Predator 2 (1990, Stephen Hopkins)


Spoiler warning: these reviews reveal plot twists.

Los Angeles, 1997. A predator is loose in the city and is picking off rival gang leaders…

The cast: The lead is Danny Glover, who’d recently played another cop in two Lethal Weapon films. In fact, Lieutenant Mike Harrigan is basically Lethal Weapon’s Riggs and Murtaugh combined into one person. It’s an unconvincing performance. Kevin Peter Hall climbs into the predator suit again, though this is a different individual from the 1987 film. Gary Busey is another Lethal Weapon alumnus, here miscast as a shifty agent called Peter Keyes. Maria Conchita Alonso is Harrigan’s spunky sidekick, Detective Leona Cantrell, and is just as rubbish as she had been in The Running Man. Bill Paxton adds a bit of fun as light-hearted detective Jerry Lambert. Robert Davi (Die Hard, Licence to Kill) has a tiny role as the police chief. Adam Baldwin (later a regular in Firefly) is Keyes’s second-in-command. During an info-dump about the events of Predator, we see a character from that film on a monitor: presumably because Arnold Schwarzenegger’s image rights were too expensive, it’s Anna Gonsalves rather than Dutch Schaefer.

The best bit: The predator attacks a subway train. A great set, which convincingly shuffles from side to side, and epileptic lighting. Scary stuff.

Crossover: The creatures from the Alien and Predator films first appeared together in February 1990 in a comic book called Dark Horse Presents #36. As a nod to the comic, the Predator 2 design team placed a xenomorph skull in amongst the predator’s trophies of its kills. Additionally, this film features a casting crossover with the Alien series. For a giggle, let’s assume that Bill Paxton’s Detective Lambert is the great-great-great-great-great-great-great-grandfather of Private Hudson from Aliens.

Review: The first image of the film is terrific. A helicopter shot swoops over thick woodland, making us think we’re back in the world of the first movie – but when it breaks the treeline we see Los Angeles in the distance. The urban jungle of LA is, for some reason, set a few years into the future. So it’s therefore grimy, rundown, trashy, and there’s a war going on between ethnic-minority gangs over money, cocaine and power. Right from the first scene this is over-the-top, schlocky stuff that’s difficult to take seriously. The script is clichéd and crass, while the cast is largely terrible. Yet everything has an undoubted vibrancy about it. The substance might be nonsense but the cinematic style – brisk editing, good camera movement, a solid Alan Silvestri score – pulls you through. For instance, there are a number of well-constructed shots. The first scene in the police station features a 64-second long take. The camera passes the busy front desk, the detectives’ bullpen and every 1980s-Hollywood-cop-shop stereotype going (yes, there are prostitutes!) before finding Harrigan, who we then follow into his boss’s office. It’s just one of a few instances where a camera move is artful and revealing. They deserve better material. The first half of the movie also really pushes a film-noir feeling – most evident in a penthouse crime scene and Harrigan’s office with light coming in through blinds – and there are flashes of Robocop-style satire when we see clips from a lurid TV news show. However, halfway in, once the plotting stops and the film becomes an extended chase scene, it gets really boring. It doesn’t help that Glover has to keep talking to himself because the sidekicks have all been dispatched. That device worked in Die Hard, but Harrigan is no John McClane. There’s only one reason why it’s worth watching until the end. The predator’s spaceship, where the climax takes place, is *great*. Vaguely Mayan or Aztec-looking, it’s both beautiful and strange at the same time. (By the way, the production designer was Lawrence G Paull, whose work keeps getting praised on this blog. He was also responsible for the physical style of Back to the Future and Blade Runner. In short, he’s a genius.) Predator 2 ain’t subtle, but it is quite fun. A guilty pleasure.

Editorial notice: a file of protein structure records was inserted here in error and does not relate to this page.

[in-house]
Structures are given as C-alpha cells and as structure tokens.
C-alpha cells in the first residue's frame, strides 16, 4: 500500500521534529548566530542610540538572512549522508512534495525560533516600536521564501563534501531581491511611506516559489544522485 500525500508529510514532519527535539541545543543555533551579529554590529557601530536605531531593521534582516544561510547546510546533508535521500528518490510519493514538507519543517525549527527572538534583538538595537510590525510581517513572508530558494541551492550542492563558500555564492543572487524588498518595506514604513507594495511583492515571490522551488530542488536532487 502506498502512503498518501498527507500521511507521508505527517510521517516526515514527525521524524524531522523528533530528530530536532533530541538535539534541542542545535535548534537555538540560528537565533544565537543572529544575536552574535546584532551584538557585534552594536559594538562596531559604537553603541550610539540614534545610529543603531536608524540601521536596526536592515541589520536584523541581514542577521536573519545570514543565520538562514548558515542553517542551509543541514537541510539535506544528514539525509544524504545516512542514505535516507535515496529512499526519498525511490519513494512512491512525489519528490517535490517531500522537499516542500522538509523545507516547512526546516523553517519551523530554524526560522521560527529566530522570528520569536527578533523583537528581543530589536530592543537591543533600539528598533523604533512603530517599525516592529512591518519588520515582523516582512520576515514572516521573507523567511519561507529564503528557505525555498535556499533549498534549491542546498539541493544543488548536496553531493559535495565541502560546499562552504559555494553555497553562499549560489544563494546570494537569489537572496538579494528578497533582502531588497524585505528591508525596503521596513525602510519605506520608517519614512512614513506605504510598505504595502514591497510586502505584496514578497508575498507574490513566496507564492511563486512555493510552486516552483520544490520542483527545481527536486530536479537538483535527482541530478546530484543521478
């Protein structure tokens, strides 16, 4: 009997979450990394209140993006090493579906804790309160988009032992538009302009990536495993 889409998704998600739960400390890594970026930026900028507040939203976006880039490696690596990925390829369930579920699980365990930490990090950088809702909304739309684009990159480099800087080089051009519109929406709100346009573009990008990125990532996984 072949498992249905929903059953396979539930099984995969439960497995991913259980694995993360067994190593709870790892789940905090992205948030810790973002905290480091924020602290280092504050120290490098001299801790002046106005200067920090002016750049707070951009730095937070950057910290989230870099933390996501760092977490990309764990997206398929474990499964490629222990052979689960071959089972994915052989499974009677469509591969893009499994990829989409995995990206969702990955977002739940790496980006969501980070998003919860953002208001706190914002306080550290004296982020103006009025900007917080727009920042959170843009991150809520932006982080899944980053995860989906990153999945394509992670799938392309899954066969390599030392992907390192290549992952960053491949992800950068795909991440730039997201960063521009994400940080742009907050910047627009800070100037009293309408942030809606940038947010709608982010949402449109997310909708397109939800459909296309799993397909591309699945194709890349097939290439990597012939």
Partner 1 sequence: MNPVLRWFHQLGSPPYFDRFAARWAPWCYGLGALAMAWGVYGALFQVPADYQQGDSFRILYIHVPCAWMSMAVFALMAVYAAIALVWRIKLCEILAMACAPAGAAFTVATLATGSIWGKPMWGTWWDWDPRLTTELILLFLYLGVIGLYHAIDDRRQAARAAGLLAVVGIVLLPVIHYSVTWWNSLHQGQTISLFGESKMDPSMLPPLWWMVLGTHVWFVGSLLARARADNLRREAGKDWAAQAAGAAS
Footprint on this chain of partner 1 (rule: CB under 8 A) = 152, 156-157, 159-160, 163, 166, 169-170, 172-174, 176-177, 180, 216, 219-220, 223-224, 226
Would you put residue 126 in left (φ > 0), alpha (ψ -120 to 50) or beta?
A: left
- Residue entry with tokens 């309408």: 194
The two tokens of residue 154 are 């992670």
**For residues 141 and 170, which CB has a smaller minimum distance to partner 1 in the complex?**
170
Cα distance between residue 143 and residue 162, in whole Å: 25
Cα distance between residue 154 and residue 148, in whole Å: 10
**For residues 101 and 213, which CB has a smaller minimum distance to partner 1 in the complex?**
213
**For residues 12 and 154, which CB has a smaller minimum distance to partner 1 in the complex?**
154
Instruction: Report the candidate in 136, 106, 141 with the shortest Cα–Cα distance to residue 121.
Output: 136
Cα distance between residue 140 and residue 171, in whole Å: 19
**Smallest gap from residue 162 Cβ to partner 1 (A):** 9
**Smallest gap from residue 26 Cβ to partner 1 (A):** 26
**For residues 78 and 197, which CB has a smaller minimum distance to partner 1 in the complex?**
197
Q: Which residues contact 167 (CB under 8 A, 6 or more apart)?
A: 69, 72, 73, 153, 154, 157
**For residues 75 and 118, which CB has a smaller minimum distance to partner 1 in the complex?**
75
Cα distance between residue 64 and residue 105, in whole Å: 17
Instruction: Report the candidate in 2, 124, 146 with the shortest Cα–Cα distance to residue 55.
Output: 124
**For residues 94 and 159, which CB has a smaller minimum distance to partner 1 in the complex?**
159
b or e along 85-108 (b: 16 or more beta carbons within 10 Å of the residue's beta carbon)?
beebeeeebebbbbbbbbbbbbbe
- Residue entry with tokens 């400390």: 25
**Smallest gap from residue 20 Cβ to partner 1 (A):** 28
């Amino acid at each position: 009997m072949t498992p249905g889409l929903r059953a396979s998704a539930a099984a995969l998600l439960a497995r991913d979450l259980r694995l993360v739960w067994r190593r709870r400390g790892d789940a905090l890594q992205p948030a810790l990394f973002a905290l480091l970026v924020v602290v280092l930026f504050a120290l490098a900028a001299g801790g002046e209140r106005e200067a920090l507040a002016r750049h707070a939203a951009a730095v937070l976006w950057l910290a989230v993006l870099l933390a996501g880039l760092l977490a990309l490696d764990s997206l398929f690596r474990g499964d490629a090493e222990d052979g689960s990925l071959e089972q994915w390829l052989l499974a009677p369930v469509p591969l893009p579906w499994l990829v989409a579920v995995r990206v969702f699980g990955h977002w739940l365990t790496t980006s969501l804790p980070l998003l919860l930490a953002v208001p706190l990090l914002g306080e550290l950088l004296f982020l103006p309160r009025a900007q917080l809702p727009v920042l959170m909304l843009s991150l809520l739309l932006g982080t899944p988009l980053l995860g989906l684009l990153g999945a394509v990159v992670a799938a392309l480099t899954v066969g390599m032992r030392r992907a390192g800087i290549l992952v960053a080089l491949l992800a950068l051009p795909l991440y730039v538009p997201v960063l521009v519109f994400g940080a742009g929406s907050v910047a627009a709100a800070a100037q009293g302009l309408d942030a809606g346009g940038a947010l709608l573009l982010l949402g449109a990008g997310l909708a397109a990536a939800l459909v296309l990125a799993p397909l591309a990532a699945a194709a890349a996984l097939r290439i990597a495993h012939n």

Seven ugly motherfuckers out of 10

Next time: Even more Aliens…

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